A period drama about football is unique. A well-crafted tale in this time of pestilence is a joy and a comfort. The English Game, how football became the people’s game, is elegant soap opera and luscious escapism to a simpler time. Three nights in a row, to close out my shelter-in-place day, I self-administered dollops of this Netflix TV series and then slept deeply, sans souci.
The English Game covers two football seasons around 1880, when a working class man tries to lead his company team to the FA Cup Final. If they reach the Final, they will challenge a team of elites, the same players who run the FA and write and adjudicate the rules of the tournament. The game on the pitch isn’t just a diversion, it is a microcosm for class warfare.
Not just a story about class warfare
And yet the series is not really about the fight between the classes, it’s about the characters’ struggles to defy his or her own class. Julian Fellowes —the lauded author of Downton Abbey and other great works — places money as a key factor in the story, because it is what “ensures the posh stay posh and helps the less rich scramble up the social scale”. Regarding Downton Abbey, Fellowes has said,
“…I would like to see the British allowed to be rich. We live in an odd society where we all want to be rich but are encouraged to hate people who are.”– Writer Julian Fellowes
Along the vein where rich Brits are not simple villains, we develop empathy for both ends of the class scale. Fellowes’ formula in a series is to have 4-5 characters carry a story each episode, with each character having probably 3 stories over the whole series. This formula and the permeating connections between the characters sustain a soap opera intensity like a book you can’t put down.
For example, player Fergie Suter (Kevin Gutrie) seeks a better life through football by surreptitiously accepting wage bonuses for his play for the mill. Being paid to play is against the rules of the FA. He has conflicts galore: a team that both resents and admires him, an abusive father, questions of loyalty — his list is almost endless.
At the other end of the scale, Old Eton player Arthur Kinnaird (Edward Holcroft) slowly recognizes the unfairness of life. He also sees the future of football and that it can no longer be a game exclusively for gentlemen. Kinnaird must defy friends and family in order to enact change.
Besides relating the story of the first known professional footballers, The English Game tells us that everyone can be more than a cog in a wheel. We can all affect each other, and if we help each other, what a network of good intentions. The story is so apropos for today’s times: how far can we go if we work together to fulfill other’s needs. Maybe that’s what I found so comforting to my psyche.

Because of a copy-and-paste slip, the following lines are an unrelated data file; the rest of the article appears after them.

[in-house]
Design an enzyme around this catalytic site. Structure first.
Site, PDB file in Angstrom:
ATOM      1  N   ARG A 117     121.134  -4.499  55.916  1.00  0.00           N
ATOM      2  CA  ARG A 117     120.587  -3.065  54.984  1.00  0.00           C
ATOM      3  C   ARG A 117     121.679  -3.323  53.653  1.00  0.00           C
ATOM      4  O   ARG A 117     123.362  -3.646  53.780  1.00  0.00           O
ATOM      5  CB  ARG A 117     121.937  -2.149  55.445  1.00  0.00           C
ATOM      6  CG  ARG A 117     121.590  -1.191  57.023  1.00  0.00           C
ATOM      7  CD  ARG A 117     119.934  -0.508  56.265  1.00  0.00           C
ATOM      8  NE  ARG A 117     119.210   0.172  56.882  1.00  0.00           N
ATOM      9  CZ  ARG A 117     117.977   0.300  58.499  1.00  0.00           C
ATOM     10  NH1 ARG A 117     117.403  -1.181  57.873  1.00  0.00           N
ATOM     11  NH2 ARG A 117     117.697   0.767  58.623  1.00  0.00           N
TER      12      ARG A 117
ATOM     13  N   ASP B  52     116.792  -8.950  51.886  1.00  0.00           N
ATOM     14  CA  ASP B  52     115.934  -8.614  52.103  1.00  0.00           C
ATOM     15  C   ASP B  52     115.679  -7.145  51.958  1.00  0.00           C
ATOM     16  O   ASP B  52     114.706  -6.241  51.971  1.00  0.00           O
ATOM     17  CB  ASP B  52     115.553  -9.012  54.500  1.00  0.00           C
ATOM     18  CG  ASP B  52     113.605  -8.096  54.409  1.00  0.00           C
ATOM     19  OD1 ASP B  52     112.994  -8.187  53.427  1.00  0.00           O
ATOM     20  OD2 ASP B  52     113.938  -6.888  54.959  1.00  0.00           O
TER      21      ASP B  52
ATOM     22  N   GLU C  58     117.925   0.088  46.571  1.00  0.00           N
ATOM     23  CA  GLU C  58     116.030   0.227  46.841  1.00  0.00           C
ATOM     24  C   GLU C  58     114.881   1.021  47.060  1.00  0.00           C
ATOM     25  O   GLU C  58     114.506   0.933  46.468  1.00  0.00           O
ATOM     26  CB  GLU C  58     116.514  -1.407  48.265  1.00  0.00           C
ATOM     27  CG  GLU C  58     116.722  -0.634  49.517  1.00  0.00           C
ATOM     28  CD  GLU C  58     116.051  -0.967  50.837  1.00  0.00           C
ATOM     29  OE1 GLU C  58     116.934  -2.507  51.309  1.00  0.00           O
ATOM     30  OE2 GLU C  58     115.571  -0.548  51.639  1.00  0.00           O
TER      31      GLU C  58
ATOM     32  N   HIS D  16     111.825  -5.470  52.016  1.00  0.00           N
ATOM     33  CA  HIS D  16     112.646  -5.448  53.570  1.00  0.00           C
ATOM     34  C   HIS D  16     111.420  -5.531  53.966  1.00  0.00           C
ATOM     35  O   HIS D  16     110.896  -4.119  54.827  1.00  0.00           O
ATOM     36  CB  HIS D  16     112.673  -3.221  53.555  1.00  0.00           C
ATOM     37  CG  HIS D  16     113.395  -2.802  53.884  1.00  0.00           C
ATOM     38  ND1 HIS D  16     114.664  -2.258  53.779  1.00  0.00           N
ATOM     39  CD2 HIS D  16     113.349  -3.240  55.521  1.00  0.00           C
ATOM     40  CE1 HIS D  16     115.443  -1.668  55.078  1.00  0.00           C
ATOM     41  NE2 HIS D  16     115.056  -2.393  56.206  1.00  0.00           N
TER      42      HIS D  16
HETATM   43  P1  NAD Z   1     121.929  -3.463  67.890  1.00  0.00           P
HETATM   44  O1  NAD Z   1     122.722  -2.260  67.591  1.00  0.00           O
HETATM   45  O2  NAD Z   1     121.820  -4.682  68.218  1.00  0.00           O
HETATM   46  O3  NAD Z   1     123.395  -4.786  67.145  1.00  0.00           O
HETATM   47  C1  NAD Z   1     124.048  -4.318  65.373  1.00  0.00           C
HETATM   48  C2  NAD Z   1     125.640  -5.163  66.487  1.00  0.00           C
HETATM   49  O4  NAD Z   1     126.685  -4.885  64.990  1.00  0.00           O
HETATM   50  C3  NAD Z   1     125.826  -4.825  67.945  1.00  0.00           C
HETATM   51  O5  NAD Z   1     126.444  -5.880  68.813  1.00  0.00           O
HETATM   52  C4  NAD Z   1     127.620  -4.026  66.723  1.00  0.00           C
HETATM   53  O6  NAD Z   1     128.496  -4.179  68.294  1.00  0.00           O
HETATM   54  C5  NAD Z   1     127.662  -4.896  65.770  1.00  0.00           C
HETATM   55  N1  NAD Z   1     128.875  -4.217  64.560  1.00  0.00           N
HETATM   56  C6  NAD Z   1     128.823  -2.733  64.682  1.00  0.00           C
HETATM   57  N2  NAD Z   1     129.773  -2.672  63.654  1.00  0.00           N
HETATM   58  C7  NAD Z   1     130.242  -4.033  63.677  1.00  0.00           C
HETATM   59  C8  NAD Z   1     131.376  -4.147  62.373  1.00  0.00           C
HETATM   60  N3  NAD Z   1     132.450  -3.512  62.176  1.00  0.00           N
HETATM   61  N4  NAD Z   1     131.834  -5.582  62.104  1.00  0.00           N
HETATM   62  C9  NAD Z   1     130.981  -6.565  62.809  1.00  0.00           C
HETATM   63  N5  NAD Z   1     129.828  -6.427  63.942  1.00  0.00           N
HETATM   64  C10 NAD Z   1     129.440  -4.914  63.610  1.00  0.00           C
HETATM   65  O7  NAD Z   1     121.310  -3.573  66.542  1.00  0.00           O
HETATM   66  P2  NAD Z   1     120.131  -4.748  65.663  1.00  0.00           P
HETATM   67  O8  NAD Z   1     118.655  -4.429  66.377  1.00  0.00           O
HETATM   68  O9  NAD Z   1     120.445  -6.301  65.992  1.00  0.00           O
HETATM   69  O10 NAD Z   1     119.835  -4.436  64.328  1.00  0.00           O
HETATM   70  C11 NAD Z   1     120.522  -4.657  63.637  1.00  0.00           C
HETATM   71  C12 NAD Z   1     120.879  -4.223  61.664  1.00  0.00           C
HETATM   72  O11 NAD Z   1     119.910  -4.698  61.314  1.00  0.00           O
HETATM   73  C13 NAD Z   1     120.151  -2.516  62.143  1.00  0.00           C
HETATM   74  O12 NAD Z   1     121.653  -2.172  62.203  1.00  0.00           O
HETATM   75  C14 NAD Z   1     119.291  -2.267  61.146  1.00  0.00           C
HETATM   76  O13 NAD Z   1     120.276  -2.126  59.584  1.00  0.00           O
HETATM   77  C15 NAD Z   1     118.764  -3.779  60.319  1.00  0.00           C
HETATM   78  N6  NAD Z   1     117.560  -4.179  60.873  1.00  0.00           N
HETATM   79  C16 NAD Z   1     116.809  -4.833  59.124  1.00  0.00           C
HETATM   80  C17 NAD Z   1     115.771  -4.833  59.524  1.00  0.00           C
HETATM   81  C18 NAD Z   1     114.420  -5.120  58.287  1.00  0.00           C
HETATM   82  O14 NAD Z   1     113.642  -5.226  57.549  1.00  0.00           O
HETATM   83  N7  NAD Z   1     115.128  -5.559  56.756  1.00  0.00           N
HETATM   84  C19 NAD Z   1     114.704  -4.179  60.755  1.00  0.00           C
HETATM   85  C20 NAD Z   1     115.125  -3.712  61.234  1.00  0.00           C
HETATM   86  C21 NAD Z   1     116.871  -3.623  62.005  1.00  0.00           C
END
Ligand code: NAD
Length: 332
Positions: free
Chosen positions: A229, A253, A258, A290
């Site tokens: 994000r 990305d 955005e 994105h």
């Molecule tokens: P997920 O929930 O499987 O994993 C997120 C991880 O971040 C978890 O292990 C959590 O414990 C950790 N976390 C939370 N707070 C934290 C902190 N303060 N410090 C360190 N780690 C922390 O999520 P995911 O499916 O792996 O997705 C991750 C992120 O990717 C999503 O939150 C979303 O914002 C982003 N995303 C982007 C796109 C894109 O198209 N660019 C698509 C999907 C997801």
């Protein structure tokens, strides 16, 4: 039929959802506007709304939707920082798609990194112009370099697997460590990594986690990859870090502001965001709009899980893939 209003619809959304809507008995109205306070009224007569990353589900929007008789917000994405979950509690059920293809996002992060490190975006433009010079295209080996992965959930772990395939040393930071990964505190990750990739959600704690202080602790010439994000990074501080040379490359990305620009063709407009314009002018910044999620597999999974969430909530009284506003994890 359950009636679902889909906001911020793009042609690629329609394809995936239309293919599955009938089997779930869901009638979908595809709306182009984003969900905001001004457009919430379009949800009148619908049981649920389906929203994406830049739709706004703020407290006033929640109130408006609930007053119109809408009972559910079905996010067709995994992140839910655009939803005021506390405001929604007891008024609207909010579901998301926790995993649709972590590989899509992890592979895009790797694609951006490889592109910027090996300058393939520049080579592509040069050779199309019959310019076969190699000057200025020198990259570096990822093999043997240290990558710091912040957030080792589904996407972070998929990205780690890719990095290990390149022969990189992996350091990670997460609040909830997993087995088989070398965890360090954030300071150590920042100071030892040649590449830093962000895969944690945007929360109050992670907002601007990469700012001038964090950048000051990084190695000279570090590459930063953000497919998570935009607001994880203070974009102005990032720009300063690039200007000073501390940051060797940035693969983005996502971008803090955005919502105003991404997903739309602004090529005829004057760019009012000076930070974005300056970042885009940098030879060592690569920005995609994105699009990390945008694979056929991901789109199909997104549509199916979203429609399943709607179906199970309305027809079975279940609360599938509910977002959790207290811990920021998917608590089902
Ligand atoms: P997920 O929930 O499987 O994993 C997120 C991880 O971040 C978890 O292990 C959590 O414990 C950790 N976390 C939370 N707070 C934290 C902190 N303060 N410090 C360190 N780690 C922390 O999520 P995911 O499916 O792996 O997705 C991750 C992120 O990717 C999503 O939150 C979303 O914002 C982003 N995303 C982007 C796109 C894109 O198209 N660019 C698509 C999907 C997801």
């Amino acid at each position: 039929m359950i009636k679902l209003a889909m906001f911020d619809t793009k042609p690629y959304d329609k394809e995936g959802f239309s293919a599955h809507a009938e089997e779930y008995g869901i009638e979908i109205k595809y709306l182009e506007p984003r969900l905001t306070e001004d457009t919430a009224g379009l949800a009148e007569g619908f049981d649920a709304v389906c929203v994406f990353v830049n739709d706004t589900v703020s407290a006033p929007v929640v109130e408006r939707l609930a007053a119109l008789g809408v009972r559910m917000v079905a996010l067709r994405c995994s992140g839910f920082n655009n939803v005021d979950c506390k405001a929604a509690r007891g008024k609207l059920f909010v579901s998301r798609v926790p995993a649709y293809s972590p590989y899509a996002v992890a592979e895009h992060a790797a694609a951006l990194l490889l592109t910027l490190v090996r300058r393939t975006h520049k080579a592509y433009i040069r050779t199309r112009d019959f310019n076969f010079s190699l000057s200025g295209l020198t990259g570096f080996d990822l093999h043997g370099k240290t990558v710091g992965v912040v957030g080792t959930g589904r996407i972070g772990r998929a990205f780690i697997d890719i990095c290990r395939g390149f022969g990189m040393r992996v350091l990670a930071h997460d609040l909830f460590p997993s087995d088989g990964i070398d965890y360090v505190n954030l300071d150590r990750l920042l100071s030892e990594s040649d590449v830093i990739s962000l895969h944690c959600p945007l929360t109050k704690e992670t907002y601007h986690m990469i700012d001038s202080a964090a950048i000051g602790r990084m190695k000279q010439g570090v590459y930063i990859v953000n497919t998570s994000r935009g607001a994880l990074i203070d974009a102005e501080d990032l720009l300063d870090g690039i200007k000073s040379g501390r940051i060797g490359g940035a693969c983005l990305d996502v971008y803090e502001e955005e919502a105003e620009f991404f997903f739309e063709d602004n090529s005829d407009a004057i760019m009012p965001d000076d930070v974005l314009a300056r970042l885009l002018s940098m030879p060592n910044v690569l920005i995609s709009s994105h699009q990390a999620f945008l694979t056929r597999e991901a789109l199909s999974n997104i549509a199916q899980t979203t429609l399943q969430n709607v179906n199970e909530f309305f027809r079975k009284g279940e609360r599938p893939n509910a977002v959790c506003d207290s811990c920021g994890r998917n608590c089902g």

The creative team
Julian Fellowes and a host of others receive writing credits. Director credits are also shared; woman Director Birgitte Stærmose directed the first 3 episodes, while episodes 4-6 were handled by Director Tim Fywell. While there are bumps here and there in pace and dialog, overall I only realized writing and directing were team efforts when I checked IMDB. So for simplicity, I credit Fellowes for everything about the series, and I might be dead wrong. Apologies.
Andy Mitchell served as historical consultant on the series. He hosts ScottishSportHistory.com, has written extensively about the players in this film, and has published several books including one on Arthur Kinnaird.
Old Eton play more of a rugby-style, while Fergie and his buddy Jimmy Love teach their company team to pass and let the ball do the work.
For me as a referee, it was interesting to see the game official in top hat and suit and not doing much to control the game. Most of the soccer shown is fouls and tackles, and you don’t come away with much feel for the game, but you get an idea of the fans.
As covered in Guy Oliver’s History of Soccer, this was a time period when football was beginning to become a spectator sport. A league schedule was eventually developed in order to create consistent income. But prior to that, games were friendlies and the only large tournament format was the FA Cup.
As a costume drama, it was interesting to see the players’ uniforms and the storyline of how an enterprising millworker-footballer starts his jersey-making company.
Whenever you watch a drama, remember that it is fact-based fiction, but fiction nonetheless. The timeline of games is compressed into one Final. The characters in The English Game are based on real people, but their storylines are for dramatic effect. Please don’t let that detract from your enjoyment of this terrific show.
The overall facts are true: that young men were paid to play before it was allowed; that professionalism led to the immense popularity of the sport; and that the gentleman’s game was overtaken by the people’s game.
Also note: I have never watched Downton Abbey.
9 Soccer Movie Mom Rating = 9